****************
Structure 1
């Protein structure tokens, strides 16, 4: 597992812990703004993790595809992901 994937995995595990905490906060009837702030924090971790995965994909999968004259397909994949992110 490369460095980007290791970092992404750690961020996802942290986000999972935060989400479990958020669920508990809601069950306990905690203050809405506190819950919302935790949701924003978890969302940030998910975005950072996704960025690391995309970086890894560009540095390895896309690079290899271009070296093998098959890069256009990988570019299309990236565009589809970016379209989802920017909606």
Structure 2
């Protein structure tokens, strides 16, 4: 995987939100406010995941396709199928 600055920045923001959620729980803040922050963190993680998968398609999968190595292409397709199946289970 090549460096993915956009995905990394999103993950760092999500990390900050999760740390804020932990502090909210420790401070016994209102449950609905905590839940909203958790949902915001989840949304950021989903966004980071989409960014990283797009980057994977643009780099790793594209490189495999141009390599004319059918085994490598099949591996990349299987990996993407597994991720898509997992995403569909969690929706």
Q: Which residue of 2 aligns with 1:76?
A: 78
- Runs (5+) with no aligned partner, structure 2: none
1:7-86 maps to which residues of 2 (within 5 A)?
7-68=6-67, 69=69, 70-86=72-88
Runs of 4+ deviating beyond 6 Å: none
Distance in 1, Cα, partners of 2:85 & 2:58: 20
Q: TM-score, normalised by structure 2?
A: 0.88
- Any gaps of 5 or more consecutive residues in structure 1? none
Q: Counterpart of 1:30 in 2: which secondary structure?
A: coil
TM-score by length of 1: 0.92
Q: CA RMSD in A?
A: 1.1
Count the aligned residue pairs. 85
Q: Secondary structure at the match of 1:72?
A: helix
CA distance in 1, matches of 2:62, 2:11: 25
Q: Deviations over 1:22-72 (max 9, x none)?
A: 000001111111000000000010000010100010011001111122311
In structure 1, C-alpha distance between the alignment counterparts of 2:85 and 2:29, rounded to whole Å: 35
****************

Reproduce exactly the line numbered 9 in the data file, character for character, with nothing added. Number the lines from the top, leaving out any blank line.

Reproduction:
7-68=6-67, 69=69, 70-86=72-88